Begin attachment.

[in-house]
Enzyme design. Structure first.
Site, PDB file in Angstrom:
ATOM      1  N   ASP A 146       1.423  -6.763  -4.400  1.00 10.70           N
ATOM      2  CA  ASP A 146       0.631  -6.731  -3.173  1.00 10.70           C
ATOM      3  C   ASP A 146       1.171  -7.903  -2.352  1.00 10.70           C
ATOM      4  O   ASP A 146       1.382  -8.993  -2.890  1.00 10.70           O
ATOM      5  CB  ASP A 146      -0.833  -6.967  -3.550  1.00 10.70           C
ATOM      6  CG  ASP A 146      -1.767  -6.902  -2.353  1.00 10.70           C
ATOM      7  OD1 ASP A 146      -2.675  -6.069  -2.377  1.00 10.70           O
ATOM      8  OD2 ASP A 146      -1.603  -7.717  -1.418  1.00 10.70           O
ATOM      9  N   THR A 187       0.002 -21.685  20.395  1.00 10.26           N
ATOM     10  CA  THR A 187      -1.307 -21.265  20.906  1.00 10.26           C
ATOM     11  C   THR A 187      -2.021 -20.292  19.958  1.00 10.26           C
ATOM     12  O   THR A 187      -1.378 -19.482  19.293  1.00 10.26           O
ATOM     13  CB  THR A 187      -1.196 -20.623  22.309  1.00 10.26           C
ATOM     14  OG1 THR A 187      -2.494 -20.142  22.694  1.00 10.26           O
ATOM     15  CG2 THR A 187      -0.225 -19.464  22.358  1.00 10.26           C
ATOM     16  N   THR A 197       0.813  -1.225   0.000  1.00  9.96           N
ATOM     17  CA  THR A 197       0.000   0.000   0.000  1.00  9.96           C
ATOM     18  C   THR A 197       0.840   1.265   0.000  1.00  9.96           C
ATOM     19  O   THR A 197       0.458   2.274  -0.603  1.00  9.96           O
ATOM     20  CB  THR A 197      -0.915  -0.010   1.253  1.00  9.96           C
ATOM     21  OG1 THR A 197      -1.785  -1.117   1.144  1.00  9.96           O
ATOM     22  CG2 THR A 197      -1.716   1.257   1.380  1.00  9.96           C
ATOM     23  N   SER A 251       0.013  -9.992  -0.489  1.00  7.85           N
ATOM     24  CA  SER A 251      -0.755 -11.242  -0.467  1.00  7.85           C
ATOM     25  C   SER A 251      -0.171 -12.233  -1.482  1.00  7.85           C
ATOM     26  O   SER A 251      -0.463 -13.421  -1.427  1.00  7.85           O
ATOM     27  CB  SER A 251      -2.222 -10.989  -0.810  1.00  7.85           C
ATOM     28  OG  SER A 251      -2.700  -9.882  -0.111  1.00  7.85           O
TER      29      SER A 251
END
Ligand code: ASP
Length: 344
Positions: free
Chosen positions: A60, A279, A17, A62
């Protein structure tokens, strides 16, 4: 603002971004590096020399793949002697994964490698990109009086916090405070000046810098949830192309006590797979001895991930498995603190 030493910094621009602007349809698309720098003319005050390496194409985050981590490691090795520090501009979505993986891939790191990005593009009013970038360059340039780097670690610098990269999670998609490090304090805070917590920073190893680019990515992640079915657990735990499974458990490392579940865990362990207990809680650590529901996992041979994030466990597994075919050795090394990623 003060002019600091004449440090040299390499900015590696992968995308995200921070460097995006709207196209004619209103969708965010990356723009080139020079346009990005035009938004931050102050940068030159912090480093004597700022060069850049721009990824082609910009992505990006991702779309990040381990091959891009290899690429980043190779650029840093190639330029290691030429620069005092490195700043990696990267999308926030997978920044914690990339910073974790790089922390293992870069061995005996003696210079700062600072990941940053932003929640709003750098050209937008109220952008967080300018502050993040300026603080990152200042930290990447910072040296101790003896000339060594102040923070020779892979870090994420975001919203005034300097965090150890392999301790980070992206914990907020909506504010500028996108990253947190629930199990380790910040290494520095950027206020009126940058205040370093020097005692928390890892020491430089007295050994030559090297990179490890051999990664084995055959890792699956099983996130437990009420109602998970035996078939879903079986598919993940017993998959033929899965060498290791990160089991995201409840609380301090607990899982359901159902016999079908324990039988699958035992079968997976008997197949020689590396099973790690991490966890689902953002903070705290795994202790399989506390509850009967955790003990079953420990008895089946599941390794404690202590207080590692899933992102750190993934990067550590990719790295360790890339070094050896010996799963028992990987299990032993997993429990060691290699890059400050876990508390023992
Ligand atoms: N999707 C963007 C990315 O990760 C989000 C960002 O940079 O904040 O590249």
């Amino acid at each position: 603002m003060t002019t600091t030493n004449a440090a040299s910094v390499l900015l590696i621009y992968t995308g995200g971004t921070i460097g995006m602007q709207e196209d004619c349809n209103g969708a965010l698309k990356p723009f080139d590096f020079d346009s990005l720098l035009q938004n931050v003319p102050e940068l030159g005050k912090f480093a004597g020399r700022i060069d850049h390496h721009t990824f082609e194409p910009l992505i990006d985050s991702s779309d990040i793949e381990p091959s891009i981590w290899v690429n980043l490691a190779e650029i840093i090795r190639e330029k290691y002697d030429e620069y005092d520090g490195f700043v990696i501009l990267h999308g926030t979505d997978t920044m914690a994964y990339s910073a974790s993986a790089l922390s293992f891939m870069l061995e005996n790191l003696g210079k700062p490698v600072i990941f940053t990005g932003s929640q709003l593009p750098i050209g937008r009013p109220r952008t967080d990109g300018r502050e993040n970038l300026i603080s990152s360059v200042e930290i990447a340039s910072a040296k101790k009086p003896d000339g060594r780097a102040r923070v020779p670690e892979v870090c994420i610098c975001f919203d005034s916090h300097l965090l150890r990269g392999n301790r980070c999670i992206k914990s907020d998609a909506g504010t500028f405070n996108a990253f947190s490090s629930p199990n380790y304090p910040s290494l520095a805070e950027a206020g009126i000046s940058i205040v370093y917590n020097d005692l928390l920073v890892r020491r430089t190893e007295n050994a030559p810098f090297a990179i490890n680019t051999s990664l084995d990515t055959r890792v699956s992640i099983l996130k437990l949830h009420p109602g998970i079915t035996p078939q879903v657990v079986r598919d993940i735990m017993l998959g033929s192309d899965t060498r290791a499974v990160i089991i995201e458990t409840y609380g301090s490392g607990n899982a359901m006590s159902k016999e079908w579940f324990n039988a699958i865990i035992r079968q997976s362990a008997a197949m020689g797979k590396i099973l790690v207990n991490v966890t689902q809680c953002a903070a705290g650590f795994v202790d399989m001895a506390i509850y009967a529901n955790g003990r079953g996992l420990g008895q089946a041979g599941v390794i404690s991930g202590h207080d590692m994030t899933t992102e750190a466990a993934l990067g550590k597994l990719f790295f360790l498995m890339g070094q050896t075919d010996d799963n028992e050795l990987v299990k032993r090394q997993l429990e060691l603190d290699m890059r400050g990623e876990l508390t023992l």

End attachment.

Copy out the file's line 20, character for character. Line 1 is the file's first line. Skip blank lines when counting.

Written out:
ATOM     17  CA  THR A 197       0.000   0.000   0.000  1.00  9.96           C